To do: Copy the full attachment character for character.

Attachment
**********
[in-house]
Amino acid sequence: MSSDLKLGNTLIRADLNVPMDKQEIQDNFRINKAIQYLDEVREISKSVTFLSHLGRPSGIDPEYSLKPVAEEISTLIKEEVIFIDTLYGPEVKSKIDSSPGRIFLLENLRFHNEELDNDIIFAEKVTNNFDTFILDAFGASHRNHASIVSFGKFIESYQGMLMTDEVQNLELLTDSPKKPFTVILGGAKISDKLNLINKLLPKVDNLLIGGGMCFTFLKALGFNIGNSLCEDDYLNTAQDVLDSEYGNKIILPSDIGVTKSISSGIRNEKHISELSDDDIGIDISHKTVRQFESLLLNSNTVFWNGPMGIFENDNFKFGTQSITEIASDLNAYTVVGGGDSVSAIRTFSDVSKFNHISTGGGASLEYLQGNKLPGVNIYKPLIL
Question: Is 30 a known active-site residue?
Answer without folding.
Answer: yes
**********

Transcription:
[in-house]
Amino acid sequence: MSSDLKLGNTLIRADLNVPMDKQEIQDNFRINKAIQYLDEVREISKSVTFLSHLGRPSGIDPEYSLKPVAEEISTLIKEEVIFIDTLYGPEVKSKIDSSPGRIFLLENLRFHNEELDNDIIFAEKVTNNFDTFILDAFGASHRNHASIVSFGKFIESYQGMLMTDEVQNLELLTDSPKKPFTVILGGAKISDKLNLINKLLPKVDNLLIGGGMCFTFLKALGFNIGNSLCEDDYLNTAQDVLDSEYGNKIILPSDIGVTKSISSGIRNEKHISELSDDDIGIDISHKTVRQFESLLLNSNTVFWNGPMGIFENDNFKFGTQSITEIASDLNAYTVVGGGDSVSAIRTFSDVSKFNHISTGGGASLEYLQGNKLPGVNIYKPLIL
Question: Is 30 a known active-site residue?
Answer without folding.
Answer: yes